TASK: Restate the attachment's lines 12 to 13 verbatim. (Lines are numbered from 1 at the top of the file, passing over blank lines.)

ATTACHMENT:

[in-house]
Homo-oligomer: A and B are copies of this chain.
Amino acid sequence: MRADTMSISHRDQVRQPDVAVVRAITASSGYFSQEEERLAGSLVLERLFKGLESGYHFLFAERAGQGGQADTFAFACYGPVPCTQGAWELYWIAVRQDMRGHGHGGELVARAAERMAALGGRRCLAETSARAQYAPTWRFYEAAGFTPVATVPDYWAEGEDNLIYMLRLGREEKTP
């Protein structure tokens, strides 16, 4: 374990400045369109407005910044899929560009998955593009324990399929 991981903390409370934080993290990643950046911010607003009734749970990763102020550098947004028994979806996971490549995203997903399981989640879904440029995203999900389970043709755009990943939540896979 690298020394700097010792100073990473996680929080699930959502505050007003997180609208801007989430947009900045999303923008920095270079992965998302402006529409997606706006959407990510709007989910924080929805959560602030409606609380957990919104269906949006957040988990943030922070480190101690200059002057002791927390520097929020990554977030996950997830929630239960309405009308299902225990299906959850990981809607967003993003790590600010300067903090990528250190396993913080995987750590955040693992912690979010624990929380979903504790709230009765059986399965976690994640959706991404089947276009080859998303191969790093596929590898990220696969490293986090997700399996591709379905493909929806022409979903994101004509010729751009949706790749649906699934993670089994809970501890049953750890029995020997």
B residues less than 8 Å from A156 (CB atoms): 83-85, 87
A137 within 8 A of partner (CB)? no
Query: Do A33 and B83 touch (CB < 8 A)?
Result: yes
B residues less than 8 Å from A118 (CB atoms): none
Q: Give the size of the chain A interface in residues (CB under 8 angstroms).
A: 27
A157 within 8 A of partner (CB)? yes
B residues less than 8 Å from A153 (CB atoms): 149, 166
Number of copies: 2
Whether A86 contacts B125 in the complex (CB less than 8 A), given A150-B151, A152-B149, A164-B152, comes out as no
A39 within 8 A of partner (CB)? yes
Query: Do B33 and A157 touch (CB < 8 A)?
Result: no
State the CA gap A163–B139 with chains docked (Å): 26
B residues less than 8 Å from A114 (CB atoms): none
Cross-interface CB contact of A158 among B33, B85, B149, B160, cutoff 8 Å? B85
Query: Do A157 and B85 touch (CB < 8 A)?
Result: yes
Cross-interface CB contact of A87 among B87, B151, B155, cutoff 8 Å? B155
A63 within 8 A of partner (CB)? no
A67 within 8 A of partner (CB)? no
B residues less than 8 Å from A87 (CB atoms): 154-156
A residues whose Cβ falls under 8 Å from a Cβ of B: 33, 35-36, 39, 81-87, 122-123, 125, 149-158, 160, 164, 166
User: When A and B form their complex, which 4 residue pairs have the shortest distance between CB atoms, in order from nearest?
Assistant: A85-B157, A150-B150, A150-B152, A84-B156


A157 within 8 A of partner (CB)? yes
B residues less than 8 Å from A153 (CB atoms): 149, 166